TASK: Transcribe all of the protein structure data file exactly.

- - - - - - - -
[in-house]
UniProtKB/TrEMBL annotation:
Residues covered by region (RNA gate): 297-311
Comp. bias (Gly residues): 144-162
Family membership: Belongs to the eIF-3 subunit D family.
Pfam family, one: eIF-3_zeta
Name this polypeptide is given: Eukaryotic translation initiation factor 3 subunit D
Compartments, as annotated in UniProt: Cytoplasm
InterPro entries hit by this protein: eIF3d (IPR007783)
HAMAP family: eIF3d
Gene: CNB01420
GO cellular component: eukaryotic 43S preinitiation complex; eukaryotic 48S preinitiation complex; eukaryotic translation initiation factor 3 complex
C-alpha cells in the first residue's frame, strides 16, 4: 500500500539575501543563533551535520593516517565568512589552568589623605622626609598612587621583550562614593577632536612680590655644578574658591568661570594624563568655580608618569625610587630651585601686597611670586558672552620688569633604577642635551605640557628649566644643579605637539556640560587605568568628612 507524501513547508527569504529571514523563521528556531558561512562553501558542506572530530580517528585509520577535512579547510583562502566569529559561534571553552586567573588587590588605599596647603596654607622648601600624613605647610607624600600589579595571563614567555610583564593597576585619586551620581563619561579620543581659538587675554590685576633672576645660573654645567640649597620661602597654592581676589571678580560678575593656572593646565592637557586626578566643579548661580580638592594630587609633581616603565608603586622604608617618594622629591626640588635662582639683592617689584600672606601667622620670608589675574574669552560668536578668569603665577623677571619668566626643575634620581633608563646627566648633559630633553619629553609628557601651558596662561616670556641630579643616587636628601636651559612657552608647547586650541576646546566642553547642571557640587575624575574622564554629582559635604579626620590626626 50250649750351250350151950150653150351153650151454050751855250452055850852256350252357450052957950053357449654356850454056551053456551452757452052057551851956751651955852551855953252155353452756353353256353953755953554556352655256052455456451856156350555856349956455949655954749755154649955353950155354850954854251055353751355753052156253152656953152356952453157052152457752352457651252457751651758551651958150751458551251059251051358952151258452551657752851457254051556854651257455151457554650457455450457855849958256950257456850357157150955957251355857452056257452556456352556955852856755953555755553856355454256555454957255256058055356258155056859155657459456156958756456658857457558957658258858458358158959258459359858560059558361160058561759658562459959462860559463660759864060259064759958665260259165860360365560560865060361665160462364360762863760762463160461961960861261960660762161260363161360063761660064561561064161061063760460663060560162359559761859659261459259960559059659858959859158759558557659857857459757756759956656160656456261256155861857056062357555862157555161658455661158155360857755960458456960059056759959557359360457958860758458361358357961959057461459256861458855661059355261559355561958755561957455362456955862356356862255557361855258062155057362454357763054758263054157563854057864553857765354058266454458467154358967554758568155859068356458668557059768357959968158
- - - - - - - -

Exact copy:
[in-house]
UniProtKB/TrEMBL annotation:
Residues covered by region (RNA gate): 297-311
Comp. bias (Gly residues): 144-162
Family membership: Belongs to the eIF-3 subunit D family.
Pfam family, one: eIF-3_zeta
Name this polypeptide is given: Eukaryotic translation initiation factor 3 subunit D
Compartments, as annotated in UniProt: Cytoplasm
InterPro entries hit by this protein: eIF3d (IPR007783)
HAMAP family: eIF3d
Gene: CNB01420
GO cellular component: eukaryotic 43S preinitiation complex; eukaryotic 48S preinitiation complex; eukaryotic translation initiation factor 3 complex
C-alpha cells in the first residue's frame, strides 16, 4: 500500500539575501543563533551535520593516517565568512589552568589623605622626609598612587621583550562614593577632536612680590655644578574658591568661570594624563568655580608618569625610587630651585601686597611670586558672552620688569633604577642635551605640557628649566644643579605637539556640560587605568568628612 507524501513547508527569504529571514523563521528556531558561512562553501558542506572530530580517528585509520577535512579547510583562502566569529559561534571553552586567573588587590588605599596647603596654607622648601600624613605647610607624600600589579595571563614567555610583564593597576585619586551620581563619561579620543581659538587675554590685576633672576645660573654645567640649597620661602597654592581676589571678580560678575593656572593646565592637557586626578566643579548661580580638592594630587609633581616603565608603586622604608617618594622629591626640588635662582639683592617689584600672606601667622620670608589675574574669552560668536578668569603665577623677571619668566626643575634620581633608563646627566648633559630633553619629553609628557601651558596662561616670556641630579643616587636628601636651559612657552608647547586650541576646546566642553547642571557640587575624575574622564554629582559635604579626620590626626 50250649750351250350151950150653150351153650151454050751855250452055850852256350252357450052957950053357449654356850454056551053456551452757452052057551851956751651955852551855953252155353452756353353256353953755953554556352655256052455456451856156350555856349956455949655954749755154649955353950155354850954854251055353751355753052156253152656953152356952453157052152457752352457651252457751651758551651958150751458551251059251051358952151258452551657752851457254051556854651257455151457554650457455450457855849958256950257456850357157150955957251355857452056257452556456352556955852856755953555755553856355454256555454957255256058055356258155056859155657459456156958756456658857457558957658258858458358158959258459359858560059558361160058561759658562459959462860559463660759864060259064759958665260259165860360365560560865060361665160462364360762863760762463160461961960861261960660762161260363161360063761660064561561064161061063760460663060560162359559761859659261459259960559059659858959859158759558557659857857459757756759956656160656456261256155861857056062357555862157555161658455661158155360857755960458456960059056759959557359360457958860758458361358357961959057461459256861458855661059355261559355561958755561957455362456955862356356862255557361855258062155057362454357763054758263054157563854057864553857765354058266454458467154358967554758568155859068356458668557059768357959968158